Consider your recommendations and your reasons for making them. Are you acting on the basis of peer-reviewed research, practice guidelines, experience of success with other apparently similar clients, or suggestions from a senior colleague? How convinced would you be by someone making recommendations to you on the same basis? Most importantly, how clear are you making your reasons to your client?

Most clients have little experience of therapy but have, by definition, a lifetime’s experience of being themselves. When a client says a certain technique won’t work for them, despite this technique having been of use to hundreds of clients before them, you have two options. You can expend a great deal of energy persuading and cajoling them to follow your advice. Alternatively, you could ask what makes them and their situation different from everyone else: maybe nothing, but maybe something and you won’t know which without asking.

Why wouldn’t clients follow your suggestions?

Fully half of all prescribed medication is unused. In the absence of authoritative figures, we can guesstimate that up to half of all therapeutic advice is not followed. Clients may leave the consulting room with no intention of following the advice they have been given or they may return to report that they have not performed their designated task.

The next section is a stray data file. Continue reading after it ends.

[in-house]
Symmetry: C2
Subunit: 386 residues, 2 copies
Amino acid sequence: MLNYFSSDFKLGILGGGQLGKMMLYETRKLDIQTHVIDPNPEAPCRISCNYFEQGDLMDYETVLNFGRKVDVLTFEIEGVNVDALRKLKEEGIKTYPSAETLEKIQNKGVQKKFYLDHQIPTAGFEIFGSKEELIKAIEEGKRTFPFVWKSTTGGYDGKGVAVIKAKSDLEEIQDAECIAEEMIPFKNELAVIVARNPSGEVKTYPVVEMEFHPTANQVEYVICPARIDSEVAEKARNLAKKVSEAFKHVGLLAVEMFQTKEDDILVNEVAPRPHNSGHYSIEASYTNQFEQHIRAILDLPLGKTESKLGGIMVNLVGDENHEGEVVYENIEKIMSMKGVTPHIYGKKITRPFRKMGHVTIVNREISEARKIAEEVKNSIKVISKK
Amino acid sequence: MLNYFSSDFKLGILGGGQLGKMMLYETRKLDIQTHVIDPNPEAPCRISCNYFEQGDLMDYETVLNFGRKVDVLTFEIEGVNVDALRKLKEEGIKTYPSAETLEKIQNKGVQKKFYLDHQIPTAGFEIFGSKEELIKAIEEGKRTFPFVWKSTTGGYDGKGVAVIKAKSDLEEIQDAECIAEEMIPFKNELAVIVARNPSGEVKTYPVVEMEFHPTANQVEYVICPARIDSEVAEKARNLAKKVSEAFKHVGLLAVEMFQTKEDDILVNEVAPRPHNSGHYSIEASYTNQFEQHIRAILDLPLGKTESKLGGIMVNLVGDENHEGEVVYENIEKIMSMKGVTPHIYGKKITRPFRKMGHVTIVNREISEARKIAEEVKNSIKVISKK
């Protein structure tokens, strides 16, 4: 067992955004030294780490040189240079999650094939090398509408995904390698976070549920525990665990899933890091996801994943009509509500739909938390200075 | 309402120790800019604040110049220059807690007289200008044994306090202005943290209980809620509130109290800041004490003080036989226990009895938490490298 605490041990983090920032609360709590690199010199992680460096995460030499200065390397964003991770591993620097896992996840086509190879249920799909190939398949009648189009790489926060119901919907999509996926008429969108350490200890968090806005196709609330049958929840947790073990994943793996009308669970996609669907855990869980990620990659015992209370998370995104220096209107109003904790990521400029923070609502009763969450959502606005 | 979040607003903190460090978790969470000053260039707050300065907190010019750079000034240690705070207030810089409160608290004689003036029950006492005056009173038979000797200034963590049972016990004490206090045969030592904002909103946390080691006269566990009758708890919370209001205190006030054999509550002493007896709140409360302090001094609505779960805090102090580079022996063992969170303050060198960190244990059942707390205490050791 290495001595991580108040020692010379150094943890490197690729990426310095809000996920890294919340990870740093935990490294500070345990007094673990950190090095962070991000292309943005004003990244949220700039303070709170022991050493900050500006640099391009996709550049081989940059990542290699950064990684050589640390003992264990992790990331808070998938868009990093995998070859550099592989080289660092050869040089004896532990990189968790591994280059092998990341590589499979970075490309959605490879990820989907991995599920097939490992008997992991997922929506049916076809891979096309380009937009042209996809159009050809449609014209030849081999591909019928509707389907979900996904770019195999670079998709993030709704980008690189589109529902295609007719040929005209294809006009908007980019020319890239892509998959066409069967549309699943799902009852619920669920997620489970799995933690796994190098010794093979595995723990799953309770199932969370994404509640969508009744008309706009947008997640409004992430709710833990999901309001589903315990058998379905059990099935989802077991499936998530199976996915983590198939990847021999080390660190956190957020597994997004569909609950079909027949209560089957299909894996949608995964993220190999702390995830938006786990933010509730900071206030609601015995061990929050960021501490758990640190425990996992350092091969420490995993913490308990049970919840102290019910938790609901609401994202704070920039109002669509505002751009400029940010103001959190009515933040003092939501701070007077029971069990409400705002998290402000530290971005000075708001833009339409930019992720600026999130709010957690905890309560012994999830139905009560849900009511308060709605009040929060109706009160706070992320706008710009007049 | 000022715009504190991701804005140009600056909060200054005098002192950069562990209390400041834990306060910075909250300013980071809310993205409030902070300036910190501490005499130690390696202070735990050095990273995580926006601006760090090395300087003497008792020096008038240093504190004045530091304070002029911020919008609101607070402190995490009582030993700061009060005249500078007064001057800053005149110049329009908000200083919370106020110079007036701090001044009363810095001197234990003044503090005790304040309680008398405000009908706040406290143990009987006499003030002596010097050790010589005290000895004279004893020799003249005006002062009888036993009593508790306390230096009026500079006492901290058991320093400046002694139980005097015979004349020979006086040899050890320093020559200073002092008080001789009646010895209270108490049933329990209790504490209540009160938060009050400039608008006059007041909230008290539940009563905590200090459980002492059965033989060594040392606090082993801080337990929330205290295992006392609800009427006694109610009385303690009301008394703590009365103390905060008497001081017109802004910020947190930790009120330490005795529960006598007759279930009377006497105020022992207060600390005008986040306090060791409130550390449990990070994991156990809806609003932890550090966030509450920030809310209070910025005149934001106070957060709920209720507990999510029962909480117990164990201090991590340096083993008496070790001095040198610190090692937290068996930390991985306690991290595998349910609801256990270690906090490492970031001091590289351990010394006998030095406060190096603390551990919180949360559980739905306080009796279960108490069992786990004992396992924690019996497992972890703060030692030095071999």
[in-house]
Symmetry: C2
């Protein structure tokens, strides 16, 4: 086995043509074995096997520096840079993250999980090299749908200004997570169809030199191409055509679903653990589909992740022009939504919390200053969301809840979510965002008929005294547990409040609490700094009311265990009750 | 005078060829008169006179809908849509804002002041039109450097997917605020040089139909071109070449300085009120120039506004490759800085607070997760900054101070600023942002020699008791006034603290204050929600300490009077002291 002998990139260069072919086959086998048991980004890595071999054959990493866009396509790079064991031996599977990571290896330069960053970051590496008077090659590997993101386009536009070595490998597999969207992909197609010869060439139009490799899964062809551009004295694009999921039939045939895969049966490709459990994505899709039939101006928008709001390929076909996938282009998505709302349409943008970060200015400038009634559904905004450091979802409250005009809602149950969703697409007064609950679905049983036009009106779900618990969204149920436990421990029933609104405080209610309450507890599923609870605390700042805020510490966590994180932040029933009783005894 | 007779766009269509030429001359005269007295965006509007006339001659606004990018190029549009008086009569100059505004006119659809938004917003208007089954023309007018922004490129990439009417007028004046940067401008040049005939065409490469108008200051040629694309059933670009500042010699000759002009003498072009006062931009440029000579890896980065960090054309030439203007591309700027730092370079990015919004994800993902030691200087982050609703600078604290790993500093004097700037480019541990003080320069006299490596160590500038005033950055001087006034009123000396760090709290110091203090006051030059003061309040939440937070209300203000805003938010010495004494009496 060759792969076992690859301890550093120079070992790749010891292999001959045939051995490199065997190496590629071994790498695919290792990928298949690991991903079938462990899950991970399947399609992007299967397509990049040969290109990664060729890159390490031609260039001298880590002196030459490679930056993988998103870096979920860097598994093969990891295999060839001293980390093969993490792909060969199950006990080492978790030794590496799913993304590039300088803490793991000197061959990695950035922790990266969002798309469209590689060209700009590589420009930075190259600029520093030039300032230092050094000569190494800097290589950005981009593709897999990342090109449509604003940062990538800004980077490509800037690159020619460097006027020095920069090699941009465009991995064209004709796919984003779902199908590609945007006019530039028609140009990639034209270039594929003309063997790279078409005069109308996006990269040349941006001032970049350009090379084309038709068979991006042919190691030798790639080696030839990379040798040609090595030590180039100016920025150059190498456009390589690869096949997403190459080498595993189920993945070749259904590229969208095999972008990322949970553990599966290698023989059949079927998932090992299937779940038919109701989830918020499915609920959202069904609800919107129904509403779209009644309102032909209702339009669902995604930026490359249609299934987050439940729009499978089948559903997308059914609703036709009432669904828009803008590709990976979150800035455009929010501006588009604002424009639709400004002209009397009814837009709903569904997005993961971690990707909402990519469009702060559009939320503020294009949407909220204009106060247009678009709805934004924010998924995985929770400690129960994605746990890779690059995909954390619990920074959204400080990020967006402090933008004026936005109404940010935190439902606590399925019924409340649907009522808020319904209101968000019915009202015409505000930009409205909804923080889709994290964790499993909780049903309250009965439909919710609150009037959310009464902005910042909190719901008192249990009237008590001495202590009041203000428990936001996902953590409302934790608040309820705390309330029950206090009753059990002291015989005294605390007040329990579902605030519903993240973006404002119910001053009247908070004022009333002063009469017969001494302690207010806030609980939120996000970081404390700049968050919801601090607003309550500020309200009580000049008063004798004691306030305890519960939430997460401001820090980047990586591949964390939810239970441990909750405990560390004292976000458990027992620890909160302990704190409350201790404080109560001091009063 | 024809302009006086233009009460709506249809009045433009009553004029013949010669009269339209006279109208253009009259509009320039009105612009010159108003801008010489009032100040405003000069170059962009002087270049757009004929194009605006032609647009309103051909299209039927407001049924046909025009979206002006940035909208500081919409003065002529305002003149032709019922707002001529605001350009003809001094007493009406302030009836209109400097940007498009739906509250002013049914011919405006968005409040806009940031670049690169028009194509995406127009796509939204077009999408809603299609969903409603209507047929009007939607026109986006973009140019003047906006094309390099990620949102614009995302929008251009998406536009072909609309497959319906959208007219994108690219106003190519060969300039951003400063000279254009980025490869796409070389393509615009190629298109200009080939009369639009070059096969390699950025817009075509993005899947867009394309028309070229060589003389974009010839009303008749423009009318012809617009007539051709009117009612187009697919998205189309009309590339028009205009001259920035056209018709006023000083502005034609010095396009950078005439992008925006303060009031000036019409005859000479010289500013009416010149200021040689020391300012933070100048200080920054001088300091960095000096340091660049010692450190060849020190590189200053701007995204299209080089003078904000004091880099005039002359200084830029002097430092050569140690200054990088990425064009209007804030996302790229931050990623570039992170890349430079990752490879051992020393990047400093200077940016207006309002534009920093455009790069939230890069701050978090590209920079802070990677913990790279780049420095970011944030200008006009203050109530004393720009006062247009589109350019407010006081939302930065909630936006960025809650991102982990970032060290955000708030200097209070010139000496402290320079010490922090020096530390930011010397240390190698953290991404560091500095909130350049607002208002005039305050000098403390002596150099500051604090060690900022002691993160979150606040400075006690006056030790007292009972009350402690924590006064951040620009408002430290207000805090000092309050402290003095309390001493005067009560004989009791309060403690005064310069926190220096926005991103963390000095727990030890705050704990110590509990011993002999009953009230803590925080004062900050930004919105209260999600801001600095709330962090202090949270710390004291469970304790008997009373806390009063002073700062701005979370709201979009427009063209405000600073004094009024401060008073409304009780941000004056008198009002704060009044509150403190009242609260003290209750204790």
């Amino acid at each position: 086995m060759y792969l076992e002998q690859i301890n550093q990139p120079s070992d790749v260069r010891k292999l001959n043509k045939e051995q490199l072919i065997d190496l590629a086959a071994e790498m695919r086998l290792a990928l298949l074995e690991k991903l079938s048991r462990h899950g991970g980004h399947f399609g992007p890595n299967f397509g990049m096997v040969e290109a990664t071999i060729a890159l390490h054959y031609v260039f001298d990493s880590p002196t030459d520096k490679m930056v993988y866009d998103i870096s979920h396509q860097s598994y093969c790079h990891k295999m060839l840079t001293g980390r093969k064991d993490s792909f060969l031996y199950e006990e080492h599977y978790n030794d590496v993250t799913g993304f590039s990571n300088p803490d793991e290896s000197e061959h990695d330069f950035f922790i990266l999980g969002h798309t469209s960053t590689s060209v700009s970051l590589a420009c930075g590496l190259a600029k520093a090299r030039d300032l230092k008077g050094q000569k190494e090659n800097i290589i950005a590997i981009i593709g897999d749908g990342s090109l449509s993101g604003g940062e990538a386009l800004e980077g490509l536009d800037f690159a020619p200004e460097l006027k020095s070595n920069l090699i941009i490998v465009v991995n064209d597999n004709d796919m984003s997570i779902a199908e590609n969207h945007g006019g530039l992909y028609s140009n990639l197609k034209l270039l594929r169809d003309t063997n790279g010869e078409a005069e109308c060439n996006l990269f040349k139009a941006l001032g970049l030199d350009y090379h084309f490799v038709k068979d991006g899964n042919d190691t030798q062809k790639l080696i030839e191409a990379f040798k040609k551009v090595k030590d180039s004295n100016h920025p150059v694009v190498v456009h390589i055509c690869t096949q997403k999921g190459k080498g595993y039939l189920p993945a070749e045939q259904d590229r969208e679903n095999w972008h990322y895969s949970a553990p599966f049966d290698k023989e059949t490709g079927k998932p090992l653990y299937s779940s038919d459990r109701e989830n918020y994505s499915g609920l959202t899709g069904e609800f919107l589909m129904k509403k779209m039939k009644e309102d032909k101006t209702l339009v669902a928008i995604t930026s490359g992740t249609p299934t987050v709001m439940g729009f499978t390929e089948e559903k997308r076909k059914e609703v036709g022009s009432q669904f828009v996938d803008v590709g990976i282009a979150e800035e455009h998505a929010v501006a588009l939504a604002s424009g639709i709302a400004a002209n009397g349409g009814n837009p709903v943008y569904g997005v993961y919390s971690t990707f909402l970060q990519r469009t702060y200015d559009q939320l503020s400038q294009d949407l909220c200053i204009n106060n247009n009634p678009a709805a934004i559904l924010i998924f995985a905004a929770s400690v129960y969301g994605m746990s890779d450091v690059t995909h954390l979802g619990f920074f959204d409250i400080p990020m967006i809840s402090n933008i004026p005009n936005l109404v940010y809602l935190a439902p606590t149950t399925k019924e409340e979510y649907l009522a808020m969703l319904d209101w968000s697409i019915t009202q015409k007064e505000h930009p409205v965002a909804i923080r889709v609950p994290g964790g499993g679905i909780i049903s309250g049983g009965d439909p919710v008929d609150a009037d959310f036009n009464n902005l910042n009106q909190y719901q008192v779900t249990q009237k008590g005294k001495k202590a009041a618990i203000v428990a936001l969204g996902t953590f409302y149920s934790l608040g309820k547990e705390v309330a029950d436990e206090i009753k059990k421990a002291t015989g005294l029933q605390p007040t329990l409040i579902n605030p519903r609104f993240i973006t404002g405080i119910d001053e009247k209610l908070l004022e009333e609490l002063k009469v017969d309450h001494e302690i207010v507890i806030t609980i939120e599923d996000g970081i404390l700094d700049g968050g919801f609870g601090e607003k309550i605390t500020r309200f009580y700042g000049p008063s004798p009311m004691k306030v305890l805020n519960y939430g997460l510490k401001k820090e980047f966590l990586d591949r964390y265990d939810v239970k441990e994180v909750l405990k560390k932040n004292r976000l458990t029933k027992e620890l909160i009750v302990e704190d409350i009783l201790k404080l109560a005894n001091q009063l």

There are many reasons why a client might not follow a therapists’s advice:

  • they don’t want it
  • they don’t understand it
  • they don’t believe they can do it
  • they don’t believe it will work
  • they fear it will make matters worse
  • they got a negative reaction when they first tried it
  • they couldn’t do it at the first attempt
  • they couldn’t do it consistently
  • they couldn’t do it at all

The time to address these issues is while the client is still in your room, not next week or next month when they return to report their “failure”. Although the last four points may only be confirmed (if at all) once the session is over, you and your client should have agreed how they will manage each possibility if it occurs.

[EMDR]: Eye Movement Desensitisation and Reprocessing
[PTSD]: Post Traumatic Stress Disorder
*[CBT]: Cognitive Behavioural Therapy

Have stuck clients keep a prospective diary

Ask clients stuck awaiting change to keep a prospective diary. An explicit account of life after the hoped-for change can help clients unstick themselves and start changing now.

Some clients (and some therapists) get stuck awaiting a single change which will solve all their problems at a stroke. “Once I’m rehoused…”, “Once I get my compensation…”, “Once you start taking your medication consistently…”.

A key feature of these hoped-for changes is that they are usually external to the person holding out for them: the client holds out for change at the Housing department or law court, the therapist holds out for change in the client. The implicit message is “it’s not my fault nothing is happening yet”.

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Prevent panic: keep your room cool